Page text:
The calculation of BMI is the same as for adults, but the cut-points for weight status (underweight, healthy weight, overweight, obese) vary by age and sex. There are also different systems of BMI cut-points, and obesity estimates can vary among systems. For example, using the International Obesity Task Force system, the rate of obesity among children and youth aged two to 17 years in the 2004 Canadian Community Health Survey was 8.2%. However, the rate of obesity in this age group was 12.7% based on the World Health Organization (WHO) child growth standards (zero to five years) and growth reference (five to 19 years), and 12.5% based on US Centres for Disease Control and Prevention (CDC) cut-points. The size of the difference between estimates also appears to vary by age group (Shields and Tremblay 2010). A collaborative statement from the Dietitians of Canada, the Canadian Paediatric Society, the College of Family Physicians of Canada and Community Health Nurses of Canada recommends that growth monitoring should be a routine part of healthcare for all Canadian infants, children and adolescents (Dietitians of Canada and Canadian Paediatric Society 2010). It recommends that the growth of all full-term infants and preschoolers should be evaluated using growth charts from the WHO Child Growth Standards (birth to five years of age), and that the growth of all school-aged children and adolescents should be evaluated using growth charts from the WHO Growth Reference 2007 (five to 19 years of age). These are recommended as the charts of choice for use by Canadian family physicians, pediatricians, dietitians, public health or community nutritionists, nurses and other health professionals in the primary care, community and hospital settings (Dietitians of Canada and Canadian Paediatric Society 2010).

Prevention of Obesity in Children: A Major Imperative

There is a substantial and growing base of evidence showing the effectiveness of obesity treatment in childhood, especially in school-aged children. Overall, however, childhood obesity treatment effects are modest and, importantly, require intensive multidisciplinary approaches and sustained contact with the healthcare system over time (Oude Luttikhuis et al. 2009). Treatment programs outside of the research context are often under-resourced and not accessible.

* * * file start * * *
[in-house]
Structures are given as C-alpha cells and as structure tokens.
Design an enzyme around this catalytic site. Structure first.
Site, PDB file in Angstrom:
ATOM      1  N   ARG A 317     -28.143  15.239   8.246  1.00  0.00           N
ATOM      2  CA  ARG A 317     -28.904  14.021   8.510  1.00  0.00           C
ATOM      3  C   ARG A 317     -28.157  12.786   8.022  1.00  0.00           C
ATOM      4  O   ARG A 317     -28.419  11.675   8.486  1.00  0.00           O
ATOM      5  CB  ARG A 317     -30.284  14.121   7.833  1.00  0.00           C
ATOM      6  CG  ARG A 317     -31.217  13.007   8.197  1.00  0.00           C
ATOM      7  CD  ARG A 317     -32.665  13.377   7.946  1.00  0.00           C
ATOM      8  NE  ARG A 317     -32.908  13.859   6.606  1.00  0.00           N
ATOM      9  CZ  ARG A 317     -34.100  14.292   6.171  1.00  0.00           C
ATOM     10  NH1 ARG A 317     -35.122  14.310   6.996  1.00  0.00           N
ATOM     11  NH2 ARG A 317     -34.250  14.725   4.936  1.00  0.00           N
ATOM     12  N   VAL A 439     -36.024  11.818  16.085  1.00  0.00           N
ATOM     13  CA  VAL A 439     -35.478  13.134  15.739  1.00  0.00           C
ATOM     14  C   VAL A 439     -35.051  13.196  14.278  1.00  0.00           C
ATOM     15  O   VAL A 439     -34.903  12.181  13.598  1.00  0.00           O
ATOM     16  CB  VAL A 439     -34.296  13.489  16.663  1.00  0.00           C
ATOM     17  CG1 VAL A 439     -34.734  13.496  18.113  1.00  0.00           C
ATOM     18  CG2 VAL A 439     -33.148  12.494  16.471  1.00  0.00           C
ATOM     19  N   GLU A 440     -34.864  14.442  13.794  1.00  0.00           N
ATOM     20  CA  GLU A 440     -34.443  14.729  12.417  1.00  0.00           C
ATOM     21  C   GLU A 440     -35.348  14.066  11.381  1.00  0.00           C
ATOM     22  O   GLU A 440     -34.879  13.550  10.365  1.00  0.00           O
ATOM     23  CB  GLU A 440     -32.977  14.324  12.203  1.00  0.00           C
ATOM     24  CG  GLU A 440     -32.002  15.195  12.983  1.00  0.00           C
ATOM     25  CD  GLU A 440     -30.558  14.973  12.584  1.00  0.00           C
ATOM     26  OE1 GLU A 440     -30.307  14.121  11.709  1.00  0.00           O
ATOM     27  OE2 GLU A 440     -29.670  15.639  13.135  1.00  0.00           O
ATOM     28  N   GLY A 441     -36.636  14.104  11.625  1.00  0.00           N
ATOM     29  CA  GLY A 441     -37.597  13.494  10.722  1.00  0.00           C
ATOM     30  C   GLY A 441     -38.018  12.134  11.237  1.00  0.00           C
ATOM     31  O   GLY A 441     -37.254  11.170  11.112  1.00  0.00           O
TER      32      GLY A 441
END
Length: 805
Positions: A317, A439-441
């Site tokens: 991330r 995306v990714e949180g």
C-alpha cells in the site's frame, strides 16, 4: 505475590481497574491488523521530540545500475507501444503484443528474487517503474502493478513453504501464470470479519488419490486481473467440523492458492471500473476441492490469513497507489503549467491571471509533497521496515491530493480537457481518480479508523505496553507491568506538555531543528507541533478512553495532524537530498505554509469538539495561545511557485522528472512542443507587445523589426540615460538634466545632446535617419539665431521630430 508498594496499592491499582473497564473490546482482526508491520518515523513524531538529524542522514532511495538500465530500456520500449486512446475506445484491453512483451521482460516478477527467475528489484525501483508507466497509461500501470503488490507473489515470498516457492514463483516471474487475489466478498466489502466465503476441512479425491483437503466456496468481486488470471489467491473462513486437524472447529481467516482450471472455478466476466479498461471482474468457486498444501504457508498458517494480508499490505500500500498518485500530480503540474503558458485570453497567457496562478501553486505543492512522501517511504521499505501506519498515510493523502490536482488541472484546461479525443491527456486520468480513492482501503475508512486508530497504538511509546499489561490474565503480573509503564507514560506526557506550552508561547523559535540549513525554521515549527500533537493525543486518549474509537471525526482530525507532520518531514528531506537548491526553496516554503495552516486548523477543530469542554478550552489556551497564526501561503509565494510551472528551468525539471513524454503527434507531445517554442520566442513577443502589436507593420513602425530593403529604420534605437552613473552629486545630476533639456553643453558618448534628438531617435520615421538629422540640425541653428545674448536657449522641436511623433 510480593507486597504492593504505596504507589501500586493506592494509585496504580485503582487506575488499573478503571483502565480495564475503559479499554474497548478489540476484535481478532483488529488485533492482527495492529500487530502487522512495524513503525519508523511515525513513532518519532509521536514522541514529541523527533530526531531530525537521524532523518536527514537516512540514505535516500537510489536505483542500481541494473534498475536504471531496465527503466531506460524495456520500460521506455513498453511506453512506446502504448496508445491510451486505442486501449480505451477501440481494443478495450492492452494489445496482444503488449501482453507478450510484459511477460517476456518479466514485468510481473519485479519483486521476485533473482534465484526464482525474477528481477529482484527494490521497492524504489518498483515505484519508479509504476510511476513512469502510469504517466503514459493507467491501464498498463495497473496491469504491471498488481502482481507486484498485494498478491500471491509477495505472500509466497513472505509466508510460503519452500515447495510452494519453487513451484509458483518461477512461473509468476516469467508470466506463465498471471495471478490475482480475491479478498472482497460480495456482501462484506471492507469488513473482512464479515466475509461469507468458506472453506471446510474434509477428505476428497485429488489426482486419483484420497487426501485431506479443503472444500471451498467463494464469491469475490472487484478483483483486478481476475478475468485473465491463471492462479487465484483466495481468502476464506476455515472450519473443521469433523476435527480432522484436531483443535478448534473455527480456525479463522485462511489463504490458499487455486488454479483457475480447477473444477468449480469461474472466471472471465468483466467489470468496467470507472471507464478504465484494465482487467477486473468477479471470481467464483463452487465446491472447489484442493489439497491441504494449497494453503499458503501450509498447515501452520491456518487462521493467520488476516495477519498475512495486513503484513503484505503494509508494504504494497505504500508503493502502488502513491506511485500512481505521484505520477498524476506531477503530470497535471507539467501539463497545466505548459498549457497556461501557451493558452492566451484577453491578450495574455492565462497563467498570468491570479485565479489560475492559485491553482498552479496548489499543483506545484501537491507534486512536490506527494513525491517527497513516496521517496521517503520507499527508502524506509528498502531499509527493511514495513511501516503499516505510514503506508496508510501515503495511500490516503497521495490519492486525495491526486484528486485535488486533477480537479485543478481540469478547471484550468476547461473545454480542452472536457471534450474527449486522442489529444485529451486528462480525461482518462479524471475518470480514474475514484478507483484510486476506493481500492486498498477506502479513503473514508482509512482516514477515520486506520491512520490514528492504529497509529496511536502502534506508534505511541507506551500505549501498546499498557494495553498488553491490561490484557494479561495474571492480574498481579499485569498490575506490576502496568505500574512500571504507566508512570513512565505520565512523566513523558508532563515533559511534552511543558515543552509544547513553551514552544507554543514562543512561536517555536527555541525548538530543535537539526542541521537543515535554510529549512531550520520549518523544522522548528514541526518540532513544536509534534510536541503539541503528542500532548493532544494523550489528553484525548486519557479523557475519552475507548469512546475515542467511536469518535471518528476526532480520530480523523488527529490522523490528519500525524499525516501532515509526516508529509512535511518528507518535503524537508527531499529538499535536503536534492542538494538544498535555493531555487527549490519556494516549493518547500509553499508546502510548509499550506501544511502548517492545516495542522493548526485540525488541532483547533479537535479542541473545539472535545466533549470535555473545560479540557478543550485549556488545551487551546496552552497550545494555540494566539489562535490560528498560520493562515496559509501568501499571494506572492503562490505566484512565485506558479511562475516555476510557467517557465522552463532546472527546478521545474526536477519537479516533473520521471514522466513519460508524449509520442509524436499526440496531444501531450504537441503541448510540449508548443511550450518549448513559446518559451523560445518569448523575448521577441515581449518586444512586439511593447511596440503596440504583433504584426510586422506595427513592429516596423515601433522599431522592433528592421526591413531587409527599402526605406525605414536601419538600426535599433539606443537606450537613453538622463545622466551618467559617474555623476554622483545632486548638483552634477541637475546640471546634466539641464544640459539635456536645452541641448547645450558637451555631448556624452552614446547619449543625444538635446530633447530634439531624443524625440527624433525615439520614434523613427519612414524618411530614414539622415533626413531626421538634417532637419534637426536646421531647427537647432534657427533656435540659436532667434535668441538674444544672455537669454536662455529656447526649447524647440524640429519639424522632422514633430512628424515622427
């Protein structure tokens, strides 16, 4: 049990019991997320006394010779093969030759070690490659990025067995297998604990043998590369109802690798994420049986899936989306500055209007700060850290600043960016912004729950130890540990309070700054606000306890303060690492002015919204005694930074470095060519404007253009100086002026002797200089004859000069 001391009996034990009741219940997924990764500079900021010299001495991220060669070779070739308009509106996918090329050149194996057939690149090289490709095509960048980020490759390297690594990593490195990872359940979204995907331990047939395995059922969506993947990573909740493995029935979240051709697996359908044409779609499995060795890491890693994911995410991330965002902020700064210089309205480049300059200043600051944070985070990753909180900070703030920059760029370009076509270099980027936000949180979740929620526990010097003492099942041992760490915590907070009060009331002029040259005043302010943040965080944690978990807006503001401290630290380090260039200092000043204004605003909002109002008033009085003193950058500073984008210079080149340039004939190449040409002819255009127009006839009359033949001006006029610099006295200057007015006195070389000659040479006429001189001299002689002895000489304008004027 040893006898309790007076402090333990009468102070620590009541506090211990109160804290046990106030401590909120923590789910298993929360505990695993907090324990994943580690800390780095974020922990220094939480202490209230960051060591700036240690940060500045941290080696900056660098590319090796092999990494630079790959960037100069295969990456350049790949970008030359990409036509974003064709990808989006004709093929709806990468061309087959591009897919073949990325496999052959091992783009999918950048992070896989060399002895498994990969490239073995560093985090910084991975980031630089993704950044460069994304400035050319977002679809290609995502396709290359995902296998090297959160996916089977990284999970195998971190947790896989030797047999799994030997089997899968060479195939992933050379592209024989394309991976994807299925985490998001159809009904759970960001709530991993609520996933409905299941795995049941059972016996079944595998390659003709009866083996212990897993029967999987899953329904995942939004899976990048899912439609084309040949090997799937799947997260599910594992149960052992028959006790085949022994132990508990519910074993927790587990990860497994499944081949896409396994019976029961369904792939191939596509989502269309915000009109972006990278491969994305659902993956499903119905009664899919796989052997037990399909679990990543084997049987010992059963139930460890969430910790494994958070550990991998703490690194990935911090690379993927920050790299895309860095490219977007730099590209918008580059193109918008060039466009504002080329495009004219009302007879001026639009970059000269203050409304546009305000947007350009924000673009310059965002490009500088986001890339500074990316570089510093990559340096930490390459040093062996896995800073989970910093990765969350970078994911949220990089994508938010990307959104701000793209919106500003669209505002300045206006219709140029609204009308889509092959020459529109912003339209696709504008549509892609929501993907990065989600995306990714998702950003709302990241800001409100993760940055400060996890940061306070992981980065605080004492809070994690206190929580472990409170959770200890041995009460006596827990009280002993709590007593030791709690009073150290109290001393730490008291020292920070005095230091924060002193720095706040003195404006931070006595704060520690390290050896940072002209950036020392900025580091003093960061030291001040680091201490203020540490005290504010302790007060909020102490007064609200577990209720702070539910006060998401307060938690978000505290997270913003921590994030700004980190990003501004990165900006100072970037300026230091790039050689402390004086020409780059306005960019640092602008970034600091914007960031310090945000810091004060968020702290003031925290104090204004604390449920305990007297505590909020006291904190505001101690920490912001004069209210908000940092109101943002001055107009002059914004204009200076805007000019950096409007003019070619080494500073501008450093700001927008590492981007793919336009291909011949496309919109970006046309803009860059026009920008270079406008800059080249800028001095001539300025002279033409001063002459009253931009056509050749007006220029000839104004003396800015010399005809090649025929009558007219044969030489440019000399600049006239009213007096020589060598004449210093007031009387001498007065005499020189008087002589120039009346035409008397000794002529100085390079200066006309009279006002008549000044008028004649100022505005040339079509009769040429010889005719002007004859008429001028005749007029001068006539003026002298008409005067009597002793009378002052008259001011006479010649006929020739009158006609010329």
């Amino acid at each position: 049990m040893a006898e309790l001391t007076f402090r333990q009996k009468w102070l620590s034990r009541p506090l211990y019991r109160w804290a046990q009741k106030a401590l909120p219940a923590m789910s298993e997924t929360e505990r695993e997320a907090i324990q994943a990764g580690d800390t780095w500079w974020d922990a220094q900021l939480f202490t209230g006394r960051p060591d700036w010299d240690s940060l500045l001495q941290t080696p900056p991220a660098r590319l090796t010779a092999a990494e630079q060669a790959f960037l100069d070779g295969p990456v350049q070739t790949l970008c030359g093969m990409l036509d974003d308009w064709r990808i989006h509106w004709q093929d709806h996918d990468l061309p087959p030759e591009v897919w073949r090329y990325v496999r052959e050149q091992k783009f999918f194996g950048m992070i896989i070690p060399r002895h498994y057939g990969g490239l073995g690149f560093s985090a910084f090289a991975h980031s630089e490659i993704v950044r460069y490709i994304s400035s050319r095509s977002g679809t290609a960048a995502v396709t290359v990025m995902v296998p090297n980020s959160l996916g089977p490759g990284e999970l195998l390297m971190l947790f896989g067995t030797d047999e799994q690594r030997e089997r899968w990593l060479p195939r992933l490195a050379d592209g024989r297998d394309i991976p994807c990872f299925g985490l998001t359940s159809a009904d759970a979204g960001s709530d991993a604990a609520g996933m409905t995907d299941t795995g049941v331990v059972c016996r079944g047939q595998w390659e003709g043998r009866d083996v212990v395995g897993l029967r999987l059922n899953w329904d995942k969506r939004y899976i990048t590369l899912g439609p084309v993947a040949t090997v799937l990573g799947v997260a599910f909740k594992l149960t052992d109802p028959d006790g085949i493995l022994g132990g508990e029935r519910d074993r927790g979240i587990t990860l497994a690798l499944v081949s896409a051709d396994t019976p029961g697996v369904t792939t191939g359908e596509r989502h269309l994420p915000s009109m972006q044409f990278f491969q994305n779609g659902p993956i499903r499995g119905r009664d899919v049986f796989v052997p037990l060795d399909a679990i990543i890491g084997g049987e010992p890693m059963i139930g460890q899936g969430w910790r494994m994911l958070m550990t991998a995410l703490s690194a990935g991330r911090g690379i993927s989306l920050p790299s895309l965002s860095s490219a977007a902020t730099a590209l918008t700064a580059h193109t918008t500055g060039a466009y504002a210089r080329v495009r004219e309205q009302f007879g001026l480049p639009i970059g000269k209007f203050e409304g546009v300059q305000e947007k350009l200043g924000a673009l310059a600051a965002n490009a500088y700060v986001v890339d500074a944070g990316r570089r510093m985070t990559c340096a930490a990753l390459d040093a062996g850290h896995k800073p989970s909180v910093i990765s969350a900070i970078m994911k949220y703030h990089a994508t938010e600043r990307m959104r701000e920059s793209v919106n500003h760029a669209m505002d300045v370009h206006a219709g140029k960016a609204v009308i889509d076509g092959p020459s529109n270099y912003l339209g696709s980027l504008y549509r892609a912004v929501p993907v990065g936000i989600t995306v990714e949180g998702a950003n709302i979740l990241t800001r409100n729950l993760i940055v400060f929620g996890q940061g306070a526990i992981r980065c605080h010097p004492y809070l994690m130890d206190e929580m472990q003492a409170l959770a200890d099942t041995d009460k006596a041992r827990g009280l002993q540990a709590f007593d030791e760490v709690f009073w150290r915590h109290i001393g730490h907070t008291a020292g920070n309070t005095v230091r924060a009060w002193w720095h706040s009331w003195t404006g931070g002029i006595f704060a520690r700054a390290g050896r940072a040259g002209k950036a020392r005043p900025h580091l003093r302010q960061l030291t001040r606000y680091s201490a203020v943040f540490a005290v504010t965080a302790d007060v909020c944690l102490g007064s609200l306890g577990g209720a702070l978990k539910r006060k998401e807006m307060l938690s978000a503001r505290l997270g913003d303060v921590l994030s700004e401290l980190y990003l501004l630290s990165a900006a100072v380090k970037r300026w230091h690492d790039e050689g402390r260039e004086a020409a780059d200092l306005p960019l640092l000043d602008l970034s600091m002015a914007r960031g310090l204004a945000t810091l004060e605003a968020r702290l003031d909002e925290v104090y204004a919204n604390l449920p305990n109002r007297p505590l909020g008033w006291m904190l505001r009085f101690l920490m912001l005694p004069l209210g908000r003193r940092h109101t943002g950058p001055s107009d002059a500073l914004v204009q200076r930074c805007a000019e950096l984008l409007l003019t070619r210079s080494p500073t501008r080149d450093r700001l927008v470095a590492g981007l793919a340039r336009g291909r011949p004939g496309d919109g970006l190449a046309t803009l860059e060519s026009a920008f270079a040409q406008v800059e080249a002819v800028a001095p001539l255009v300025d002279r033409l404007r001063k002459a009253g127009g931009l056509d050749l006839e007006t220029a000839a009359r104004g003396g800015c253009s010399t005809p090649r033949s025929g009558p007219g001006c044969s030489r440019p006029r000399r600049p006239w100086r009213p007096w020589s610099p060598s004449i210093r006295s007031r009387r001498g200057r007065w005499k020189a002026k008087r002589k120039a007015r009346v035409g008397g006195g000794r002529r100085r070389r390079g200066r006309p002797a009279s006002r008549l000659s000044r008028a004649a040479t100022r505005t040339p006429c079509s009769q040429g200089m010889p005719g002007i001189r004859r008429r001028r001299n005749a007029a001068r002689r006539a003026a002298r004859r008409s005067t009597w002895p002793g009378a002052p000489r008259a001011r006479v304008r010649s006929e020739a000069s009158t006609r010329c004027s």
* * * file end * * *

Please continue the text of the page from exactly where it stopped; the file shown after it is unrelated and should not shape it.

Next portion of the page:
Prevention of obesity in children has become a major imperative. There is an emerging evidence base on obesity-prevention strategies in children. Such strategies need to consider the determinants of obesity (O'Dea and Eriksen 2010). Causes of obesity are often described as simply the imbalance of an individual's energy intake and energy expenditure. However, the "causes of the causes" of obesity – including the determinants of nutrition, feeding behaviours, physical activity and sedentary behaviours of the individual child – need to be taken into account. These determinants should be considered within the context of the child's family, school, neighbourhood, culture and society.

In addition to the determinants of obesity, obesity-prevention strategies need to consider the setting for such interventions, including the healthcare setting, a public health setting, the school, the community and the home. Strategies may need to be tailored for different age groups and for high-risk groups. Aboriginal children in Canada represent a particularly high-risk group. Obesity among Aboriginal children and youth is very high, varying from 16.9% among Metis to 25.6% among the Inuit (ages six to 14 years) (Willows et al. 2012). Unique determinants of obesity in Aboriginal children and families include experiences of colonialism, racism and social exclusion, and inequities in the social determinates of health, and these need to be considered in prevention strategies (Willows et al. 2012).

Finally, obesity-prevention strategies should be guided by health promotion theory (Glanz and Bishop 2010). Important theories relevant to obesity prevention include a focus on individual factors such as beliefs, knowledge and skills. Other theories include ecological perspectives and focus on interpersonal, organizational and environmental factors influencing health behaviours (Kok et al. 2008). Examples of important theories for consideration in the development of obesity-prevention strategies include the theory of planned behaviour, stages of change and the social ecological model.

Evidence for Effective Prevention Interventions